|Allergy|| Allergy / Intolerance to Foods (Hidden)
| ||Foods including wheat, oranges, tomatoes, chocolate, nuts, eggplant, tea and cola were dietary allergens that have been found to trigger ulcer initiation. A study by Dr. Pelin G�rdal conducted in a dental university in Turkey concluded from previous studies [Oral Surg. 1984:57, pp.504-507] and his own that as many as 50% of RAS patients will improve when offending foods are identified and eliminated. Without laboratory testing or patient insights, identifying these foods for individual sufferers can be challenging. Food allergies continue to be a controversial cause of canker sores, and further research is necessary to resolve the issue.|
Gluten Sensitivity / Celiac Disease
| ||In a study of 15 patients, 7 patients responded completely and two partially to diets excluding gluten (3 patients), azo compounds (3), milk (2), azo and milk (1). Two failed to respond and three failed to complete the diet. Responses were confirmed by re-challenge. The patients in this study had relatively severe aphthous ulcers. The patients who responded to the gluten free diet had had gluten enteropathy excluded by biopsy. [B Med J 1986; 292: pp.1237-8]|
| ||In the first study investigating the origins of a little-known condition called chronic ulcerative stomatitis (CUS), researchers at Tufts University School of Dental Medicine provide evidence that an autoimmune response contributes to the painful oral sores that characterize the disease. The study findings support the classification of CUS as a new autoimmune disease. [Oral Surgery, Oral Medicine, Oral Pathology, Oral Radiology, and Endodontology. "Chronic ulcerative stomatitis: Evidence of autoimmune pathogenesis" Published online April 4, 2011]|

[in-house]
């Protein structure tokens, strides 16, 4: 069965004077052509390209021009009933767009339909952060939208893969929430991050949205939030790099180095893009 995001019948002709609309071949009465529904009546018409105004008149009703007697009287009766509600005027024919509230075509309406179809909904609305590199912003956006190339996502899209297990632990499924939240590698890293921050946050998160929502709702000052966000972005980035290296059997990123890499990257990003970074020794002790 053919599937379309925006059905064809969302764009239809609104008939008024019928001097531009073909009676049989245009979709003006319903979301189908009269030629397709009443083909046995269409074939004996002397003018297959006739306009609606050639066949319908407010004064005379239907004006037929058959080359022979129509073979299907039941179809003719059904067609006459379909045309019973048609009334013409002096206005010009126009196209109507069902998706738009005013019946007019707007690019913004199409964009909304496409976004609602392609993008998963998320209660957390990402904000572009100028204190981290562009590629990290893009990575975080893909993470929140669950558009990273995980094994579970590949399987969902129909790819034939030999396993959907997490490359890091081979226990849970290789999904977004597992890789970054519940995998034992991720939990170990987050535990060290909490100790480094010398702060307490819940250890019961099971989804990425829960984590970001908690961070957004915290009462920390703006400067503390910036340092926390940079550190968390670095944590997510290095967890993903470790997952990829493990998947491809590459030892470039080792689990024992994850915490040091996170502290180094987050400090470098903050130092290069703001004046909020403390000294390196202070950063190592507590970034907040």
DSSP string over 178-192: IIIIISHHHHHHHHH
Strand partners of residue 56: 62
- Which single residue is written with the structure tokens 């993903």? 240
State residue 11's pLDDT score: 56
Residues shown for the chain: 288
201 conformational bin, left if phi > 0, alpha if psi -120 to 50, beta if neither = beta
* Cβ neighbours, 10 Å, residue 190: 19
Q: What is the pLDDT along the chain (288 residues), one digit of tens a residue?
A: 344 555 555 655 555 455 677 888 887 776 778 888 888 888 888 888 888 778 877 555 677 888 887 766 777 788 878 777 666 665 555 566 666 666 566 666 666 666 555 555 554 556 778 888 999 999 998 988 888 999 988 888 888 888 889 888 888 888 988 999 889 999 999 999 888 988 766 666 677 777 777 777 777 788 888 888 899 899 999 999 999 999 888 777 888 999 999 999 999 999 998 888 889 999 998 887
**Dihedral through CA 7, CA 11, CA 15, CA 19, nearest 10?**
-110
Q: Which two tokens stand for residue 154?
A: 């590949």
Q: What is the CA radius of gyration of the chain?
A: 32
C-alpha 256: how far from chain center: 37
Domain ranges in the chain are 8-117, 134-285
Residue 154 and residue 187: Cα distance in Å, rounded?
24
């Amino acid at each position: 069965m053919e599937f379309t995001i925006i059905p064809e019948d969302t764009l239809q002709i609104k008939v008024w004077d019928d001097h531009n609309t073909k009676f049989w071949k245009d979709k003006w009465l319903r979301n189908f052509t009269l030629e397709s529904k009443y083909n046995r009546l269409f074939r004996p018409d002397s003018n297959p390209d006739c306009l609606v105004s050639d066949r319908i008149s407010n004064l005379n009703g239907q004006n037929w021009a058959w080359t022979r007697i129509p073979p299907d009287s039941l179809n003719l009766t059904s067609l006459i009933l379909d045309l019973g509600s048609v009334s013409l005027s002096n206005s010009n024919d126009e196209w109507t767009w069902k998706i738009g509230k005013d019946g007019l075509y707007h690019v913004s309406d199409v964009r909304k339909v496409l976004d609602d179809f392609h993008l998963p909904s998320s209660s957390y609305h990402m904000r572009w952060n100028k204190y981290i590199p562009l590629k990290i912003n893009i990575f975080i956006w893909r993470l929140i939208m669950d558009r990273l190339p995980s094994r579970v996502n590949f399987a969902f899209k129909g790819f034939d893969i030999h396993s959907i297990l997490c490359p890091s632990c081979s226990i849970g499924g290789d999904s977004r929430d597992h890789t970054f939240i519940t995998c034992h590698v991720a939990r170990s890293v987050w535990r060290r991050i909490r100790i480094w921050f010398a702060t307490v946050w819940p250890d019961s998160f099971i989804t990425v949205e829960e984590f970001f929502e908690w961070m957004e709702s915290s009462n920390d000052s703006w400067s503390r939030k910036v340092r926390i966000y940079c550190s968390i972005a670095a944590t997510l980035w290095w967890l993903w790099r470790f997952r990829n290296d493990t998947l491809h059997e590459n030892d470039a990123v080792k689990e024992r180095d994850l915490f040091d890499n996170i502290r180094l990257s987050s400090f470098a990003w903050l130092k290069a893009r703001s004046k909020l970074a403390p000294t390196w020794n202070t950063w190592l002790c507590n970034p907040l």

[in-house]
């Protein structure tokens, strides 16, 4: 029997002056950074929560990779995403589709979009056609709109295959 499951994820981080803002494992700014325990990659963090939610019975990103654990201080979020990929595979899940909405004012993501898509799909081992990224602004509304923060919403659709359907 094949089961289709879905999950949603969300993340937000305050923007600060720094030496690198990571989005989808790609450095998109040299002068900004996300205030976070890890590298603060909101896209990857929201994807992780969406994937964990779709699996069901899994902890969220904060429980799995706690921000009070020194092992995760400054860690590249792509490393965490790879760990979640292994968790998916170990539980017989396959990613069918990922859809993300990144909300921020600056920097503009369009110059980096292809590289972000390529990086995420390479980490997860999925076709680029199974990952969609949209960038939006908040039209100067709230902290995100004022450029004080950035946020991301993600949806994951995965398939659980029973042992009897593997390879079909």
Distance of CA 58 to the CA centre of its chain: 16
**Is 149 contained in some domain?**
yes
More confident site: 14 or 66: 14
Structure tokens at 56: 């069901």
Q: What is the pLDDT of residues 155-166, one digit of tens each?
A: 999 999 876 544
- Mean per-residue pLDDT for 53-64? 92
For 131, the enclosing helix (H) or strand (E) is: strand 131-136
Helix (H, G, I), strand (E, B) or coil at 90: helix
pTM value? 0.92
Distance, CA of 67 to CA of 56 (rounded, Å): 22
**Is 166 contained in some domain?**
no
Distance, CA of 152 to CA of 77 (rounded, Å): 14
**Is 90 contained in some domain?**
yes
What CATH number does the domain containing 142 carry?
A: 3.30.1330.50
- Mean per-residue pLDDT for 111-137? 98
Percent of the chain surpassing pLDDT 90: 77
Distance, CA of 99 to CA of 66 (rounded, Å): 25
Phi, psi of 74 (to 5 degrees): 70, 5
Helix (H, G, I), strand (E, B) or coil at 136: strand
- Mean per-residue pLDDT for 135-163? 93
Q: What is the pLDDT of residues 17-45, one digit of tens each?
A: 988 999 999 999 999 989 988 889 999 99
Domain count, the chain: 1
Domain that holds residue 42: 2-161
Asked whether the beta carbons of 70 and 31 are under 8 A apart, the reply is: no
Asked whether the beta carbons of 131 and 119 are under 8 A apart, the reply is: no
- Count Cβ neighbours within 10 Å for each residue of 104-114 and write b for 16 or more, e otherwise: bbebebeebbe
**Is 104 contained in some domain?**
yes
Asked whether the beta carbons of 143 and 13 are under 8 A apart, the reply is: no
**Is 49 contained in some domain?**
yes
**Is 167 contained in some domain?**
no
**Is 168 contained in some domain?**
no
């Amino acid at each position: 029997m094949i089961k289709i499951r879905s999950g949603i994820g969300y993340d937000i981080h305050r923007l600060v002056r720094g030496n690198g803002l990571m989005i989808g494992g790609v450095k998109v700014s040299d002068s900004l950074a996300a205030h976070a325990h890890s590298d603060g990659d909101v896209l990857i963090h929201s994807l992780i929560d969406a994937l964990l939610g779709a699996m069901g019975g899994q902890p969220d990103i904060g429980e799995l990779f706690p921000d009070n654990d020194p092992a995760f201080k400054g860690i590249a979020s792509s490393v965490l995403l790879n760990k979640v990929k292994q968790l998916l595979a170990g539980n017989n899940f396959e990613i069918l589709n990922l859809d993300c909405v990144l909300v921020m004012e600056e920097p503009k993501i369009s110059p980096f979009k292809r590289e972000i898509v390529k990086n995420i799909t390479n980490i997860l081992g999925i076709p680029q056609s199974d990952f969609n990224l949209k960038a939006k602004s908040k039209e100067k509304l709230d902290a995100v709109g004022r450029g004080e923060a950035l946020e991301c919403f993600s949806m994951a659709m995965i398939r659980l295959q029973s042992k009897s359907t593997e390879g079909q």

| ||See the link between apthous ulcers and iron deficiency.|
Environment / Toxicity
Mercury Toxicity / Amalgam Illness
Histapenia (Histamine Low)
| ||Tissue damaged by canker sores has demonstrated an enhanced recovery rate with adequate zinc intake. Total prevention or reduced frequency also occurs when zinc is supplemented in those with zinc deficiency.|
Folic Acid Requirement
| ||See the link between apthous ulcers and iron deficiency.|
| ||Vitamin B12, folate, zinc and iron have been shown to be effective in up to 60% of patients with canker sores when such a vitamin or mineral deficiency has been documented. [Dermatologic Clinics 1996:14, pp.243-256, British Dental Journal 1985:159, pp.361-367]|
Symptoms - Head - Mouth/Oral
History of aphthous ulcers
Allergen: A substance that is capable of producing an allergic response in the body.
Allergy: Hypersensitivity caused by exposure to a particular antigen (allergen), resulting in an increased reactivity to that antigen on subsequent exposure, sometimes with harmful immunologic consequences.
Autoimmune Disease: One of a large group of diseases in which the immune system turns against the body's own cells, tissues and organs, leading to chronic and often deadly conditions. Examples include multiple sclerosis, rheumatoid arthritis, systemic lupus, Bright's disease and diabetes.
Biopsy: Excision of tissue from a living being for diagnosis.
Canker Sores: Also known as Aphthous Ulcers, these are small, painful ulcers that occur on the inside of the cheek, lip or underside of the tongue. Caused by an assortment of viruses, doctors call this condition aphthous stomatitis. Canker sores usually clear up by themselves within a week or so, but they often recur, sometimes in the form of multiple sores.
Chronic: Usually Chronic illness: Illness extending over a long period of time.
Cobalamin: Vitamin B-12. Essential for normal growth and functioning of all body cells, especially those of bone marrow (red blood cell formation), gastrointestinal tract and nervous system, it prevents pernicious anemia and plays a crucial part in the reproduction of every cell of the body i.e. synthesis of genetic material (DNA).